In Partial Defense of Ben Stein
Stein's elitism actually obscured a very sound point hinted at in the title: "Presumed Innocent, Anyone?"
Doug has already demolished Ben Stein’s Odd Response To The Arrest Of Dominique Strauss-Kahn, which was indeed a truly bizarre column.
Alas, Stein’s elitism actually obscured a very sound point hinted at in the title: “Presumed Innocent, Anyone?”
In response to Stein’s question, “Did he really have to be put in Riker’s Island? Couldn’t he have been given home detention with a guard? This is a man with a lifetime of public service, on a distinguished level, to put it mildly. Was Riker’s Island really the place to put him on the allegations of one human being?” Doug retorts, “Translation: How dare they treat him like any other person accused of a crime.”
But isn’t the way we treat people merely accused of crimes–often later proven innocent, or at least not proven guilty–actually problematic?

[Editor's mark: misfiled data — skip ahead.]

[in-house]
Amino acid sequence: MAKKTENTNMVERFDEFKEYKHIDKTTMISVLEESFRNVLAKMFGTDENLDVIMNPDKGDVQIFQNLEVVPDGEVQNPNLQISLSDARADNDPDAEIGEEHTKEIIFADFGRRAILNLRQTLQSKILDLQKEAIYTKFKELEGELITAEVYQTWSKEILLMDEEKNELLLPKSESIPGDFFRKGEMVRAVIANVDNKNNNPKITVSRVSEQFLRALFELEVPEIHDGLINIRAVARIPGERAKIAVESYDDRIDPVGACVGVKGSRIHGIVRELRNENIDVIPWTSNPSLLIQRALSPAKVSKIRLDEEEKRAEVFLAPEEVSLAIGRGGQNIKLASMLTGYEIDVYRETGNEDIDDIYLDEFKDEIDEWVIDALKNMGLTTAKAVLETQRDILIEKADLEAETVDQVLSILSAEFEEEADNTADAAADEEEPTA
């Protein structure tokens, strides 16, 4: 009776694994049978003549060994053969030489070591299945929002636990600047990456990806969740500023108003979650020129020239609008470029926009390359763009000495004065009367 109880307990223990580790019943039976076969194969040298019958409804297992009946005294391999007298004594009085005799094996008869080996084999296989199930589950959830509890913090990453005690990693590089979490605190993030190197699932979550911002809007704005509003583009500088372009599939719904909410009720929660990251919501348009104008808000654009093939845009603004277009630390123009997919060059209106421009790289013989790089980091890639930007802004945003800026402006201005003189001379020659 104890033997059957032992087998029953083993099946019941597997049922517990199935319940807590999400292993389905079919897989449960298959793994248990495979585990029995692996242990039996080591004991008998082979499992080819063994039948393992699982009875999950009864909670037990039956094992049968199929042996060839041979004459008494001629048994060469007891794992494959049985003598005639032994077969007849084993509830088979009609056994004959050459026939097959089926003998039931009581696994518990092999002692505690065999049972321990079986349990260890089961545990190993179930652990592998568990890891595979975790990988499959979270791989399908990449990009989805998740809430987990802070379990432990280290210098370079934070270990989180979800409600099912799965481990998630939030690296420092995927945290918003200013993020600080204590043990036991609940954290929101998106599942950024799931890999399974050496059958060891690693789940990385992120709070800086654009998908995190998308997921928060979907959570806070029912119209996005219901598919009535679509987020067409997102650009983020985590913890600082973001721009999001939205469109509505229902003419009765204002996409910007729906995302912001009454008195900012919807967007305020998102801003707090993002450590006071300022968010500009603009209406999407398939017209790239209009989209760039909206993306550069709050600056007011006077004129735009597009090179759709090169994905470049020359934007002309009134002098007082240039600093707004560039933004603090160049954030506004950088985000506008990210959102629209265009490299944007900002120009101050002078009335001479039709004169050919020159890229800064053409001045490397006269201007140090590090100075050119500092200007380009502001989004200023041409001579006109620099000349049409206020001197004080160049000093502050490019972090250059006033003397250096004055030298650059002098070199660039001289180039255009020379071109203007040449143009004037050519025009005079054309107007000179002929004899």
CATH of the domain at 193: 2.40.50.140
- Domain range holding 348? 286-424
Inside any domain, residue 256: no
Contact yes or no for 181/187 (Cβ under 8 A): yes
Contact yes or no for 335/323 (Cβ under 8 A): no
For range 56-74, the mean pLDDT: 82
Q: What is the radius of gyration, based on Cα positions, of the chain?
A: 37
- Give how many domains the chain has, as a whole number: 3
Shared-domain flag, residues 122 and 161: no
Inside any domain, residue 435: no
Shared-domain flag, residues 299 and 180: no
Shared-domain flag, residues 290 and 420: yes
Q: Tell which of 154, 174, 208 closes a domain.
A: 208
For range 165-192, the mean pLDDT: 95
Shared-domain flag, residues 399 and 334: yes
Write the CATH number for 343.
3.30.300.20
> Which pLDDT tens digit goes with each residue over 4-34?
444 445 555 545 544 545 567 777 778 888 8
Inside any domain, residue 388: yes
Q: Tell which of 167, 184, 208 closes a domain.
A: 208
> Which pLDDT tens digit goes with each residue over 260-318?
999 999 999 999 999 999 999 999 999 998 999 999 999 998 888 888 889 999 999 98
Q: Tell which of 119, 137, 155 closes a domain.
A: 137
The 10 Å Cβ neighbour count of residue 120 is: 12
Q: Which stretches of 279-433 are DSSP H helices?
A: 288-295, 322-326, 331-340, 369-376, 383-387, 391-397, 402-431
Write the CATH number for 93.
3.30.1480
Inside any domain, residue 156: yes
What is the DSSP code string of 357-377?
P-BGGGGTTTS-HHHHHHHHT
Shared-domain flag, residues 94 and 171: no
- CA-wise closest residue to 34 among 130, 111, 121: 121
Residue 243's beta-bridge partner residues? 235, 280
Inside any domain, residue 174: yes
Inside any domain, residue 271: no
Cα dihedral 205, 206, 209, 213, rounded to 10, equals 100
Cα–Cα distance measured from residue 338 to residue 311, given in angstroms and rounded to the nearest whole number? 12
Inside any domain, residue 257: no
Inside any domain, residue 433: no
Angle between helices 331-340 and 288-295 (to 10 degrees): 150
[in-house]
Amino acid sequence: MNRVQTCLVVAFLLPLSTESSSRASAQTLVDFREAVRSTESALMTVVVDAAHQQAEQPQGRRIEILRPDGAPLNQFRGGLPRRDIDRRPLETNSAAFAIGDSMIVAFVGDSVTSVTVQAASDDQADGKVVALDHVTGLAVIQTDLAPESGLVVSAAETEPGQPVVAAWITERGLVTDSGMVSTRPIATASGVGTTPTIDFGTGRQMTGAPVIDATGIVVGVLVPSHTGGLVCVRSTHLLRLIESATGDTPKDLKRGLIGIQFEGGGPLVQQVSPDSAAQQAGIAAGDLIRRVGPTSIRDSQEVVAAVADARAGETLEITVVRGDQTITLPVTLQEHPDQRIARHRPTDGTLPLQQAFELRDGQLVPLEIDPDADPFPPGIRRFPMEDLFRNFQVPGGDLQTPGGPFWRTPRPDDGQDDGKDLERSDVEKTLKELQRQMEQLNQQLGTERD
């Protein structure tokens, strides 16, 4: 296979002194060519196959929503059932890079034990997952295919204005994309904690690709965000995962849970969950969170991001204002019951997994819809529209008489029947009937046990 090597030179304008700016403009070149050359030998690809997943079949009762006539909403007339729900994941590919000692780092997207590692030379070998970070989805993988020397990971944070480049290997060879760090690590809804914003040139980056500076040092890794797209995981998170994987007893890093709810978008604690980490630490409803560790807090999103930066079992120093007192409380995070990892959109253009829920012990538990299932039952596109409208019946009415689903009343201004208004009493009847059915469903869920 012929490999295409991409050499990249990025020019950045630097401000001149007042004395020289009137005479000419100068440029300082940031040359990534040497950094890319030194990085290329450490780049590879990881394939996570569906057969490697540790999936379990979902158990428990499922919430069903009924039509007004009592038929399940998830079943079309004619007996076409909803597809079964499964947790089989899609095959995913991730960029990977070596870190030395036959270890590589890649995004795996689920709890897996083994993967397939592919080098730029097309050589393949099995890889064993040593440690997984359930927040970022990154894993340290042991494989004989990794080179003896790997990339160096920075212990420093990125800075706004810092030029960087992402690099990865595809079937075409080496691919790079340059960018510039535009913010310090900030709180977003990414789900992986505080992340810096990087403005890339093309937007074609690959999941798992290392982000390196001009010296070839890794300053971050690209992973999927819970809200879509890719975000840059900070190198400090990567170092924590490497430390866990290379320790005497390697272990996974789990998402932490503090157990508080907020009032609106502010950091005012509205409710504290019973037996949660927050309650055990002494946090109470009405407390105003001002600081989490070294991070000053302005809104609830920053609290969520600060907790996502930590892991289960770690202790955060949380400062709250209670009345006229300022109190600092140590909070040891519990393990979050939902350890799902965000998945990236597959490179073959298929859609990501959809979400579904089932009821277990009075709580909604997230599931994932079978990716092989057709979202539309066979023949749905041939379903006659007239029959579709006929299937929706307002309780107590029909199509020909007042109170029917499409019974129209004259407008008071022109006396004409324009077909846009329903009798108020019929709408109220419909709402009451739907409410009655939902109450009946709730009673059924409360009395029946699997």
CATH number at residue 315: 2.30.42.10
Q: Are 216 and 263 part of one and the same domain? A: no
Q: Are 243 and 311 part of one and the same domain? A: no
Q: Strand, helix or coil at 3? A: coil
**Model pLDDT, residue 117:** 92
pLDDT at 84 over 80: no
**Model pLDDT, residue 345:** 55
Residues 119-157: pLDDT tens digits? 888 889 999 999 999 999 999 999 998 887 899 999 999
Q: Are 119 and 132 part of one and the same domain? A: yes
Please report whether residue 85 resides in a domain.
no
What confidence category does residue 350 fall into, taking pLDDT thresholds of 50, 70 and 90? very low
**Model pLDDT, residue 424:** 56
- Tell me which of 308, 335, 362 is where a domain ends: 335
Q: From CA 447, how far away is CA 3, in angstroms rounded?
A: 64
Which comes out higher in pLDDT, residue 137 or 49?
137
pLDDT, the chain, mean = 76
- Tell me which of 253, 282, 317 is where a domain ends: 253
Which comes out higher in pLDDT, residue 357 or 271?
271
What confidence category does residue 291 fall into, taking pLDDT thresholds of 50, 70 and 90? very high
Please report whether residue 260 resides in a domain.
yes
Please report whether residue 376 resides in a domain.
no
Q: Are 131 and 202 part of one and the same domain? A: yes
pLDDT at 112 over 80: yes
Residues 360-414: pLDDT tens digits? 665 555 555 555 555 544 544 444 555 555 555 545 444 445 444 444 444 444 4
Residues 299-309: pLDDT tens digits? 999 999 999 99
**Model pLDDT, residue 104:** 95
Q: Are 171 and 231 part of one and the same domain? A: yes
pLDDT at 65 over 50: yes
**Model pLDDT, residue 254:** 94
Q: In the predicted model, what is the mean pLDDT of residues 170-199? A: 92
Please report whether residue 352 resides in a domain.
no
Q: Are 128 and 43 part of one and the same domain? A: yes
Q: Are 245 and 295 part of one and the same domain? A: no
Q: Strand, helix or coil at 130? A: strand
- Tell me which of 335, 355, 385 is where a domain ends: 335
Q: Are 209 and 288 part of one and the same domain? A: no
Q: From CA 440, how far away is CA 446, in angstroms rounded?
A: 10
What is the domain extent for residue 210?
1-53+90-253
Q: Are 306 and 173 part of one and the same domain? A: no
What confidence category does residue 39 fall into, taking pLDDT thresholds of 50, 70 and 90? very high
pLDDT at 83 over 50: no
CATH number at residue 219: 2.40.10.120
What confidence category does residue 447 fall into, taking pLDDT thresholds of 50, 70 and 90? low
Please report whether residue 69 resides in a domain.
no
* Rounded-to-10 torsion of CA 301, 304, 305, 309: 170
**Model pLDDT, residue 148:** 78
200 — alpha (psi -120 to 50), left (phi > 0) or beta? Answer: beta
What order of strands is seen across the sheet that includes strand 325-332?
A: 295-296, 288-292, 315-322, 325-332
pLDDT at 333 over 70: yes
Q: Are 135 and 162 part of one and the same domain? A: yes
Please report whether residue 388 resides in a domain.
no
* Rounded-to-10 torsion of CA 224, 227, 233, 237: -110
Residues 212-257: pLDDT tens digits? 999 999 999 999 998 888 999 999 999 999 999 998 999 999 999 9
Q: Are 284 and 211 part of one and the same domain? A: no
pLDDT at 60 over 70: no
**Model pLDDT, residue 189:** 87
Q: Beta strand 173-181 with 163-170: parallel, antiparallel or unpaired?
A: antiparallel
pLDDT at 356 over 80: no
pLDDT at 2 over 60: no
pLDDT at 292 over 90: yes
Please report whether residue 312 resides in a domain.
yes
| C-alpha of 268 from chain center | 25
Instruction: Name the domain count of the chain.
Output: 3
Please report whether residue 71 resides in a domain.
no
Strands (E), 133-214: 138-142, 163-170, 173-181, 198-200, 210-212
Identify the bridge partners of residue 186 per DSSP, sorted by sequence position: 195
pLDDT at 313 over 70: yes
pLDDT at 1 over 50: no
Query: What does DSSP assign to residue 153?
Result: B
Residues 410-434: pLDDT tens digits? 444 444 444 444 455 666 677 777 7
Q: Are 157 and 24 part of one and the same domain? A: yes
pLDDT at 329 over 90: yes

I’m actually sympathetic to Stein’s argument Strauss-Kahn probably isn’t a flight risk. But let’s presume that the judge was legitimately persuaded on that point and concluded that he needed to be incarcerated pending trial. Why on earth are we putting him in a maximum security facility where, as one guard sneered on the news this morning, he’ll be “lucky to get a piece of chicken” for dinner?
Our prison system is notorious the world over for its abuses, with the inmates quite literally running the asylum and the threat of rape and gang violence a daily fact of life. It’s bad enough, in a country that eschews cruel and unusual punishment in our central governing document, that we allow that to go on for convicted felons. But it’s not hard to understand why fixing it isn’t a top priority.
But it’s outrageous that we subject those merely accused of crimes to this treatment. Contra Stein, however, it’s not any more outrageous when it happens Strauss-Kahn than any other accused criminal with no prior convictions. But it’s certainly not any less.